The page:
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Thyroid gland

Other Terms: Glandula thyroidea, Glande thyroïde, Schilddrüsedrüse, Glándula de tiroides

Description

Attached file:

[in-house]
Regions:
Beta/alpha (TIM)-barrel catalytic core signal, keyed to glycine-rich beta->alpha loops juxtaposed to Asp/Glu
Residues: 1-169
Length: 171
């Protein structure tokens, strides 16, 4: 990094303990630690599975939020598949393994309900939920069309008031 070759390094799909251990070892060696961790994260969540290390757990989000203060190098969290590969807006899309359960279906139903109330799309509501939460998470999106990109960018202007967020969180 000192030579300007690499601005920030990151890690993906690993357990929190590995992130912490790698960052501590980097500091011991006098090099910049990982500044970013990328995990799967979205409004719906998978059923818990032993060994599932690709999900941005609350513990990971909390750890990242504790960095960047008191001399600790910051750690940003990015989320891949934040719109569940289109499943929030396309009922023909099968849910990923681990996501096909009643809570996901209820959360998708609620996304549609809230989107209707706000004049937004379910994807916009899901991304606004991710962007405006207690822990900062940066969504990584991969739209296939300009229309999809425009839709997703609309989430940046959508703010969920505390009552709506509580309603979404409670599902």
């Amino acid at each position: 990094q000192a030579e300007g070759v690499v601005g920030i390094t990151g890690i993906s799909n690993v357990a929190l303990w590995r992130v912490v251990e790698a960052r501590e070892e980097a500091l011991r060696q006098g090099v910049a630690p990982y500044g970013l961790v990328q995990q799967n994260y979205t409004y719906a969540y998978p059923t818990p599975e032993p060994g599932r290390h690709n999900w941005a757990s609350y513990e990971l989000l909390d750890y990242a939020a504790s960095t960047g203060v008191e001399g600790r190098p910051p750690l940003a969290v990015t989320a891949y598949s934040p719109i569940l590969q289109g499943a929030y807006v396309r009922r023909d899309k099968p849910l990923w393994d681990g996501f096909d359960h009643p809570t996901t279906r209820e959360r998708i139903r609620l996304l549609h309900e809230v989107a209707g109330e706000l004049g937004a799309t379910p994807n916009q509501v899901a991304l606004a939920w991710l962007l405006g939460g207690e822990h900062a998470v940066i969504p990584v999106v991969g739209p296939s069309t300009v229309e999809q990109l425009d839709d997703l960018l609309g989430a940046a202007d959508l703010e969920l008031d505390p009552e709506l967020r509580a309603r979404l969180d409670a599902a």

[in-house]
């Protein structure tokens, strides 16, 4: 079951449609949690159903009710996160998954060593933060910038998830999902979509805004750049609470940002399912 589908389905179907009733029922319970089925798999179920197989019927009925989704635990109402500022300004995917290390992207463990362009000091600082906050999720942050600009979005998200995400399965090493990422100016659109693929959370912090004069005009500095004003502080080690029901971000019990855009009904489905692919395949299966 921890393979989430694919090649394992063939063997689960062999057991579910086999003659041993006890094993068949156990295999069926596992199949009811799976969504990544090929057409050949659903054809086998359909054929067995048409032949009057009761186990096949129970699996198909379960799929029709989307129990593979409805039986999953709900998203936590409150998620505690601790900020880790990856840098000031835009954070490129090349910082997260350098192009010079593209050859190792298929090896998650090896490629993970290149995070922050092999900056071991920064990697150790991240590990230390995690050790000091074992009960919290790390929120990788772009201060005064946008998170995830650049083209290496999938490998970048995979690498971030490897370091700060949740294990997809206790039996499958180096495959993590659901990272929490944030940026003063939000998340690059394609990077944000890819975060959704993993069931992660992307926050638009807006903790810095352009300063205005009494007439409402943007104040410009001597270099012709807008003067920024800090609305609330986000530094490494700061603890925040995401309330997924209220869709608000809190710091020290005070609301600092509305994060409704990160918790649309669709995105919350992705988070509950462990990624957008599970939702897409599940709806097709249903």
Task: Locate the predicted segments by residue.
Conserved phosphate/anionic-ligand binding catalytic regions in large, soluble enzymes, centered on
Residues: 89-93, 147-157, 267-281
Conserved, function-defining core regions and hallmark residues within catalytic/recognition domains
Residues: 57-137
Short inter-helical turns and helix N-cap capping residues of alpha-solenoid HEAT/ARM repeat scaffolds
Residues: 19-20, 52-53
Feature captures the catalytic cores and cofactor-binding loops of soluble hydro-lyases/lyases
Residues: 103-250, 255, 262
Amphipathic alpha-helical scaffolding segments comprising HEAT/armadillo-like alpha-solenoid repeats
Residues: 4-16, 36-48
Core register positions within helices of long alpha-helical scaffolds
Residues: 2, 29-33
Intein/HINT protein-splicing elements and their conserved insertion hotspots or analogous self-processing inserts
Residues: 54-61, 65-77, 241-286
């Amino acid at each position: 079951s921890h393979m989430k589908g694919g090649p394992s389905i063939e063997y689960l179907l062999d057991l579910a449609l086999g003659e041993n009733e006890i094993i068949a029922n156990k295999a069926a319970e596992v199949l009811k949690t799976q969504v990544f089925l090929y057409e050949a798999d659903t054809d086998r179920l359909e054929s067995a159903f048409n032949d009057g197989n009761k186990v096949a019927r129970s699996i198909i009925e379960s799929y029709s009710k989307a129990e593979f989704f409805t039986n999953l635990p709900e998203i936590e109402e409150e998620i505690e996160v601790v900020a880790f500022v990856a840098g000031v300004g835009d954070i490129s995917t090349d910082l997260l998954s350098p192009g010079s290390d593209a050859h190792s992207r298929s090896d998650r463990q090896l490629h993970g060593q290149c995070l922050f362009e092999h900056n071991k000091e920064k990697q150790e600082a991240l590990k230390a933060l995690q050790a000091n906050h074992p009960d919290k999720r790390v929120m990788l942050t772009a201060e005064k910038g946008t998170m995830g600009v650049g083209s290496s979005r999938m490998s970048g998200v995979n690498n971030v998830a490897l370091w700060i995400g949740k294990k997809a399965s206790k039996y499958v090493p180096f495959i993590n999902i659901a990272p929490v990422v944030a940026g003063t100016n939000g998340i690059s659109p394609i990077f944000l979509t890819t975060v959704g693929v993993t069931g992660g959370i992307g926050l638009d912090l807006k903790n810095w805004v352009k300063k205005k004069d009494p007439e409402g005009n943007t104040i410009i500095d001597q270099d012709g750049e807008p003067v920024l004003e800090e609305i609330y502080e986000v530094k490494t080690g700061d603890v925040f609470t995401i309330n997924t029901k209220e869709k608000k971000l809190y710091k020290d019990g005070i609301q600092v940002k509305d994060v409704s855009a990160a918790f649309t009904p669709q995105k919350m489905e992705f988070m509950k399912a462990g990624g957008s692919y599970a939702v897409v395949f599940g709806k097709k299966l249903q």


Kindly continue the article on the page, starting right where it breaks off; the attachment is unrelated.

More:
The thyroid gland is a highly vascular organ, situated at the front and sides of the neck; it consists of right and left lobes connected across the mid line by a narrow portion, the isthmus. Its weight is somewhat variable, but is usually about 30 grams. It is slightly heavier in the female, in whom it becomes enlarged during menstruation and pregnancy. The lobes are conical in shape, the apex of each being directed superior and lateral as far as the junction of the middle with the lower third of the thyroid cartilage; the base looks inferior, and is on a level with the fifth or sixth tracheal ring. Each lobe is about 5 cm. long; its greatest width is about 3 cm and its thickness about 2 cm. The lateral or superficial surface is convex, and covered by the skin, the superficial and deep fasciae, the Sternocleidomastoid, the superior belly of the Omohyoid, the Sternohyoid and Sternothyreoid, and beneath the last muscle by the pretracheal layer of the deep fascia, which forms a capsule for the gland. The deep or medial surface is molded over the underlying structures, thyroid and cricoids cartilages, the trachea, the inferior pharyngeal constrictor and posterior part of the Cricothyreoideus, the esophagus (particularly on the left side of the neck), the superior and inferior thyroid arteries, and the recurrent nerves. The anterior border is thin, and inclines obliquely from inferior toward the mid line of the neck while the posterior border is thick and overlaps the common carotid artery, and as a rule the parathyroids. The isthmus connects together the lower thirds of the lobes; it measures about 1.25 cm. in breadth, and the same in depth, and usually covers the second and third rings of the trachea. Its situation and size present , however, many variations. In the middle line of the neck it is covered by the skin and fascia, and close to the mid line, on either side, by the Sternothyreoid. Across its superior border runs an anastomotic branch uniting the two superior thyroid arteries; at its inferior border are the inferior thyroid veins. A third lobe of conical shape, called the pyramidal lobe, frequently arises from the upper part of the isthmus, or from the adjacent portion of either lobe, but most commonly the left, and ascends as far as the hyoid bone. It is occasionally quite detached, or may be divided into two or more parts. A fibrous or muscular band is sometimes found attached, superior, to the body of the hyoid bone, and inferior to the isthmus of the gland, or its pyramidal lobe. Small detached portions of thyroid tissue are sometimes found in the vicinity of the lateral lobes or above the isthmus; they are called accessory thyroid glands.